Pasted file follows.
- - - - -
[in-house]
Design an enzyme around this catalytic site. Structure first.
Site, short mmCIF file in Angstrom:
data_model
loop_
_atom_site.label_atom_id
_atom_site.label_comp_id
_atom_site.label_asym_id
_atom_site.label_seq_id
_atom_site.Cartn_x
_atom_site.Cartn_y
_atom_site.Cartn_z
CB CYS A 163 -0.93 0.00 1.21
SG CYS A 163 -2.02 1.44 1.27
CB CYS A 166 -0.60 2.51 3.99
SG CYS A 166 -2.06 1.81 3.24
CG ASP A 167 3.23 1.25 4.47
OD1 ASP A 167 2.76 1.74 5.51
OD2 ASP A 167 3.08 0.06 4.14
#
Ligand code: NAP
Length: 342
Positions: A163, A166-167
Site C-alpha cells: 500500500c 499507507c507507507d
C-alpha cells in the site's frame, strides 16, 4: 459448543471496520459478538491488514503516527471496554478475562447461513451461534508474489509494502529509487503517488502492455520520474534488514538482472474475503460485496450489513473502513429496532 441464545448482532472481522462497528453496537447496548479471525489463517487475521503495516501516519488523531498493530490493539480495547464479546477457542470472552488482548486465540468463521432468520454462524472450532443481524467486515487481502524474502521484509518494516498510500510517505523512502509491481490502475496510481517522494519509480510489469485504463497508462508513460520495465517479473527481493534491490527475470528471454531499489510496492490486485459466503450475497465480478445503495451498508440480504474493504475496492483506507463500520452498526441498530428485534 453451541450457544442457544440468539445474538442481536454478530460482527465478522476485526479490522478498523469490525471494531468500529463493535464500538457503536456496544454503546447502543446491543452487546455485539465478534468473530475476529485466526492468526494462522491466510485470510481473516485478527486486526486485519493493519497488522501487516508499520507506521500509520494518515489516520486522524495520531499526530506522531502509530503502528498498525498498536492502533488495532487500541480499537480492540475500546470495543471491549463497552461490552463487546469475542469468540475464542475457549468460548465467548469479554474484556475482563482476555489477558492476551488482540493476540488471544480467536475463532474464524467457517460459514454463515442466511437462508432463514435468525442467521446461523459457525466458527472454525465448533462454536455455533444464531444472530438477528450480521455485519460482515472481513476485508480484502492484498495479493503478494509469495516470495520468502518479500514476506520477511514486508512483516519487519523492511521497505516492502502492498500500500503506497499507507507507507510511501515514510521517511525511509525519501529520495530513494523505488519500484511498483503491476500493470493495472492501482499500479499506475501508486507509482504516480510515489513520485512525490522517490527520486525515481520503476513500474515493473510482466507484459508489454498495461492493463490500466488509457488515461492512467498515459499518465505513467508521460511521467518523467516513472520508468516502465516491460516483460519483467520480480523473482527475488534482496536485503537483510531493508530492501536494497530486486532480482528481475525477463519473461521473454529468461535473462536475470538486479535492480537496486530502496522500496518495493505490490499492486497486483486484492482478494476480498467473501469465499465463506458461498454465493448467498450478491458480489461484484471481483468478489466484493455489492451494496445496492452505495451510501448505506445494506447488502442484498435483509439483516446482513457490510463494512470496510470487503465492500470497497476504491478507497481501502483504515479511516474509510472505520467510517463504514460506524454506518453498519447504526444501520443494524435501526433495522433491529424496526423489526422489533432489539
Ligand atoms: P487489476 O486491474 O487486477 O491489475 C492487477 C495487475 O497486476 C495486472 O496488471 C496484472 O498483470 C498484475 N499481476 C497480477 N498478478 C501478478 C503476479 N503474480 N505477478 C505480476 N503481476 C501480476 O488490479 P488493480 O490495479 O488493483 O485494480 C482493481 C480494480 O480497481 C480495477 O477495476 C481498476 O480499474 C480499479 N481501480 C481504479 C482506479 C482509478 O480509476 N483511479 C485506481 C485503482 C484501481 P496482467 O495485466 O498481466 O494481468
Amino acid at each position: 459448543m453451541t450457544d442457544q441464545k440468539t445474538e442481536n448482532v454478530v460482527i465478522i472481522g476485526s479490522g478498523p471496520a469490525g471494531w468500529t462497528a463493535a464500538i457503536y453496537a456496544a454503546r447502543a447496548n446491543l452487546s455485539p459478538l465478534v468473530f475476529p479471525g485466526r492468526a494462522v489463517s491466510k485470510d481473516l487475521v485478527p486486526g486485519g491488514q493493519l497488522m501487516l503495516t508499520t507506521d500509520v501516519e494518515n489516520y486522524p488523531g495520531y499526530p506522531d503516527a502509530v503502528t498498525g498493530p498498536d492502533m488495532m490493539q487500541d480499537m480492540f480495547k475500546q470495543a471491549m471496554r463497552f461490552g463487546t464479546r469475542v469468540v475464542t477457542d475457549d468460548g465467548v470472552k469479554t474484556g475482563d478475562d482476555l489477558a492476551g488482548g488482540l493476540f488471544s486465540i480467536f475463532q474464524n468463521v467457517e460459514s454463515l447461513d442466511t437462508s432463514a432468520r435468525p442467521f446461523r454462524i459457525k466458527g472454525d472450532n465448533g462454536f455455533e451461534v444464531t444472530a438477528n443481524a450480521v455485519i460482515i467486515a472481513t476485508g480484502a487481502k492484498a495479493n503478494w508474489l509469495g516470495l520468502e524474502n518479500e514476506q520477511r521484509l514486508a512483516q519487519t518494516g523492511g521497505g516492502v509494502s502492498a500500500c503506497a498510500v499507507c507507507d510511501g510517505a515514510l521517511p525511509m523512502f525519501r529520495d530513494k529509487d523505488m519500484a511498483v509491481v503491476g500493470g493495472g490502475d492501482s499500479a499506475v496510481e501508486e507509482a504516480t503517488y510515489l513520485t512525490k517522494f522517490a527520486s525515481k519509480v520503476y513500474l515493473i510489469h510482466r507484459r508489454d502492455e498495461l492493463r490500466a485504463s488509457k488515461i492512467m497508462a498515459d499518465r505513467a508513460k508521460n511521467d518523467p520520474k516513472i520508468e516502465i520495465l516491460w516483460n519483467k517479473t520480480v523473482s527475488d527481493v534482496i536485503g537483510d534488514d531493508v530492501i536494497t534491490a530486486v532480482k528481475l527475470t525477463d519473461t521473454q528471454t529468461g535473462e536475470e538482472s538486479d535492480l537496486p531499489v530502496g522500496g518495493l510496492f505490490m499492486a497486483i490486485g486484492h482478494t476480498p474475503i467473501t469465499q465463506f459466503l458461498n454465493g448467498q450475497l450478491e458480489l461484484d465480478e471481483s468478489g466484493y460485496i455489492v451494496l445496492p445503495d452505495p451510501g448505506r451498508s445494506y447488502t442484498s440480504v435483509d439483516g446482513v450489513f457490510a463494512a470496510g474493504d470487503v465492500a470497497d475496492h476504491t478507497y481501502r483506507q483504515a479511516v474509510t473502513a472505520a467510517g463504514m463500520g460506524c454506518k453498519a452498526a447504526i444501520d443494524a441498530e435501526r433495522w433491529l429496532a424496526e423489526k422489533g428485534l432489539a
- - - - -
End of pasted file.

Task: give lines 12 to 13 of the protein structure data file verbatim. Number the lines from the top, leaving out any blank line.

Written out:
_atom_site.Cartn_z
CB CYS A 163 -0.93 0.00 1.21